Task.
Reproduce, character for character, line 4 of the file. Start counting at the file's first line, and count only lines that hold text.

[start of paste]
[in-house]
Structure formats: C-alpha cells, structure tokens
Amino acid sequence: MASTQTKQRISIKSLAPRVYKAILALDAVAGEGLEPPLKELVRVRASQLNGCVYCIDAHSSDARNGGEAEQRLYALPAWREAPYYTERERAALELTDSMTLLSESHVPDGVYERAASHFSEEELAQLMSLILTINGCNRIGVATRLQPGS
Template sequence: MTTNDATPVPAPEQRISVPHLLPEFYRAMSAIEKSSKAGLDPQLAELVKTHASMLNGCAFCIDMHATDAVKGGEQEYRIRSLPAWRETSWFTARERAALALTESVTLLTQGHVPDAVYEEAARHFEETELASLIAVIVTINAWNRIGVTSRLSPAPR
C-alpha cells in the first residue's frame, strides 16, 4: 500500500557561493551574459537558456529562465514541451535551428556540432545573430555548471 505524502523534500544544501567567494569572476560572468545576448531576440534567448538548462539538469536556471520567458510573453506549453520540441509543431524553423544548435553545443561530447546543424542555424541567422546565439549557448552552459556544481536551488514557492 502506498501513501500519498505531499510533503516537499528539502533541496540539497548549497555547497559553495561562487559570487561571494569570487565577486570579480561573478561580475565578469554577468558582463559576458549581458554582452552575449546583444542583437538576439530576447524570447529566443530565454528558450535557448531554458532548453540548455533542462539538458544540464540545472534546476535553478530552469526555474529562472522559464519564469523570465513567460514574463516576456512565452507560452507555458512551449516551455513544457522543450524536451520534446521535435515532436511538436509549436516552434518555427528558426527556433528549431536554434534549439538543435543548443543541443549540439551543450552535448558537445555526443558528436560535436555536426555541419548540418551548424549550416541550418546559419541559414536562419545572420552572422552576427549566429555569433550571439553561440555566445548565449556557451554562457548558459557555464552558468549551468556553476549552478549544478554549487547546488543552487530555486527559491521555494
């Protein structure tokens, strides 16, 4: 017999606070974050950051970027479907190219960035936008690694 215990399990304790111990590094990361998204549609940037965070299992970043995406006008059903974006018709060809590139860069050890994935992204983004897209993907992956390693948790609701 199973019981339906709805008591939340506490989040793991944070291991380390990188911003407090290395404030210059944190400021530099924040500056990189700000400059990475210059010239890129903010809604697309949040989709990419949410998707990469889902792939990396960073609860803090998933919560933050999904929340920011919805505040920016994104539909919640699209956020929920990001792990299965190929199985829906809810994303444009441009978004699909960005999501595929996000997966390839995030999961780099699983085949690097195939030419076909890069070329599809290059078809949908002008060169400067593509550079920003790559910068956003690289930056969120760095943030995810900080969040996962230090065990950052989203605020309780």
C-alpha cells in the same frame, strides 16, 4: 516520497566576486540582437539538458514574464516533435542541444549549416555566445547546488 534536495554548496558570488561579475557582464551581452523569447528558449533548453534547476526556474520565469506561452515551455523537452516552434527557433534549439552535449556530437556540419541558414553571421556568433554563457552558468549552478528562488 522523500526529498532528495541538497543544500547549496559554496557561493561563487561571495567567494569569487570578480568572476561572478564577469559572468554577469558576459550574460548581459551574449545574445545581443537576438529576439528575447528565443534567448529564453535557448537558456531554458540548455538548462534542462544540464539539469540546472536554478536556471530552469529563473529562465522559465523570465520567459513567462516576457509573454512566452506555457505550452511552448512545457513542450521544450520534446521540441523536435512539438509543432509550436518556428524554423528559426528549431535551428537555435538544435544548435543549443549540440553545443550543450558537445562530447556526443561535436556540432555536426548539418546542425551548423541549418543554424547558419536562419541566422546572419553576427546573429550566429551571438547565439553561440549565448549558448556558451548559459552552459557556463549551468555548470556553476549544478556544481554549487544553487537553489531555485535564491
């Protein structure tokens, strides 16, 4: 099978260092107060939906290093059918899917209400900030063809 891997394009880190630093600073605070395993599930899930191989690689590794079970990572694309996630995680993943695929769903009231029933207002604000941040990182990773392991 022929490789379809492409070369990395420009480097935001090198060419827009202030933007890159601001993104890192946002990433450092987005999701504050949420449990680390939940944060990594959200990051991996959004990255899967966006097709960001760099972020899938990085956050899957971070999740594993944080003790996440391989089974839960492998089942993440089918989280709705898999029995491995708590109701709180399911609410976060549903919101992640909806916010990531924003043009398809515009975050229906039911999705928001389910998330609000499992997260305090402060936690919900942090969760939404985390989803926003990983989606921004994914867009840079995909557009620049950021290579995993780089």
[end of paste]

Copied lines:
Template sequence: MTTNDATPVPAPEQRISVPHLLPEFYRAMSAIEKSSKAGLDPQLAELVKTHASMLNGCAFCIDMHATDAVKGGEQEYRIRSLPAWRETSWFTARERAALALTESVTLLTQGHVPDAVYEEAARHFEETELASLIAVIVTINAWNRIGVTSRLSPAPR